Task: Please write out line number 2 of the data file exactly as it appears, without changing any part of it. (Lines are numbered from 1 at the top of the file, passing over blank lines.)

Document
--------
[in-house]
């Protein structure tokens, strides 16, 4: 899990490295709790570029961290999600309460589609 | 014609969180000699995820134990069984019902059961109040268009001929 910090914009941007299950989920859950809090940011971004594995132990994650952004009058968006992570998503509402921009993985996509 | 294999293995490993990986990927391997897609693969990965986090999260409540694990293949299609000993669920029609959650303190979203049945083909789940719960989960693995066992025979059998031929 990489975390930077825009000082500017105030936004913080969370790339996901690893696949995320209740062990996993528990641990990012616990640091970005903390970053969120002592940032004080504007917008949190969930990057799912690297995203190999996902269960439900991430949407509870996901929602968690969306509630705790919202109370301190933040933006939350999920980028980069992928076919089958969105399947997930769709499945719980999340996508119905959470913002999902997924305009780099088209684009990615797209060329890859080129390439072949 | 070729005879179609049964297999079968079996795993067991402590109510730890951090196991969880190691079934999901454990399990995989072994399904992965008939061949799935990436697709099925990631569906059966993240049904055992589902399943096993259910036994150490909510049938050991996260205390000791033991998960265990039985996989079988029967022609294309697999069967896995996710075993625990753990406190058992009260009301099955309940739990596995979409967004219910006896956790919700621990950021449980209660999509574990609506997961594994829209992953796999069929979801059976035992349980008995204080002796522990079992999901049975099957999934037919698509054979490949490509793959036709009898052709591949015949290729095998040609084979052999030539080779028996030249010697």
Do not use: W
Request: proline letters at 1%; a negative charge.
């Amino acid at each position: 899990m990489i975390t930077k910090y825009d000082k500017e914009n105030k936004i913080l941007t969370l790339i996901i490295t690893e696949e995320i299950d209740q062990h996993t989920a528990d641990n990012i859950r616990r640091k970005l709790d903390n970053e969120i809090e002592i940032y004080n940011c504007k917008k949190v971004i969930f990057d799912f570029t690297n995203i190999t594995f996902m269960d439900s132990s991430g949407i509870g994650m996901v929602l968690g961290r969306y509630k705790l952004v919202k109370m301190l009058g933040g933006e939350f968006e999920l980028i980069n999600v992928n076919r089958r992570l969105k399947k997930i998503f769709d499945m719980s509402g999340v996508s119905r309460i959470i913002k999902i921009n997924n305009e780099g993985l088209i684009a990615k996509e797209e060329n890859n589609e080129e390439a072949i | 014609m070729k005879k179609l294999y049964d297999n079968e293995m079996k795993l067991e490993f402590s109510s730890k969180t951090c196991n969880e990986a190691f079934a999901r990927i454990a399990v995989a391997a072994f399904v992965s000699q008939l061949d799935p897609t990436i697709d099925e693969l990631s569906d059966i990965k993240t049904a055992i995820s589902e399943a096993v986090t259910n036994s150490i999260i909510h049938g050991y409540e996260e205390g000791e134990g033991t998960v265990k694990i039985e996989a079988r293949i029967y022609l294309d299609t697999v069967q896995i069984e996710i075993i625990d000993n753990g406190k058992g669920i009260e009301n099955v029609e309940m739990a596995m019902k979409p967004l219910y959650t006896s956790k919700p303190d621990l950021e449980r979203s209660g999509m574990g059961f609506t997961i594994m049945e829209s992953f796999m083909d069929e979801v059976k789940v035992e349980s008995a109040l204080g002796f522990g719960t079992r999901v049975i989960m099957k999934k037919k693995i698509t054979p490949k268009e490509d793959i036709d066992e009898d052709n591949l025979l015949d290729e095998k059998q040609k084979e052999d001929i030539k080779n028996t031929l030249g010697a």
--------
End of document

């Protein structure tokens, strides 16, 4: 899990490295709790570029961290999600309460589609 | 014609969180000699995820134990069984019902059961109040268009001929 910090914009941007299950989920859950809090940011971004594995132990994650952004009058968006992570998503509402921009993985996509 | 294999293995490993990986990927391997897609693969990965986090999260409540694990293949299609000993669920029609959650303190979203049945083909789940719960989960693995066992025979059998031929 990489975390930077825009000082500017105030936004913080969370790339996901690893696949995320209740062990996993528990641990990012616990640091970005903390970053969120002592940032004080504007917008949190969930990057799912690297995203190999996902269960439900991430949407509870996901929602968690969306509630705790919202109370301190933040933006939350999920980028980069992928076919089958969105399947997930769709499945719980999340996508119905959470913002999902997924305009780099088209684009990615797209060329890859080129390439072949 | 070729005879179609049964297999079968079996795993067991402590109510730890951090196991969880190691079934999901454990399990995989072994399904992965008939061949799935990436697709099925990631569906059966993240049904055992589902399943096993259910036994150490909510049938050991996260205390000791033991998960265990039985996989079988029967022609294309697999069967896995996710075993625990753990406190058992009260009301099955309940739990596995979409967004219910006896956790919700621990950021449980209660999509574990609506997961594994829209992953796999069929979801059976035992349980008995204080002796522990079992999901049975099957999934037919698509054979490949490509793959036709009898052709591949015949290729095998040609084979052999030539080779028996030249010697």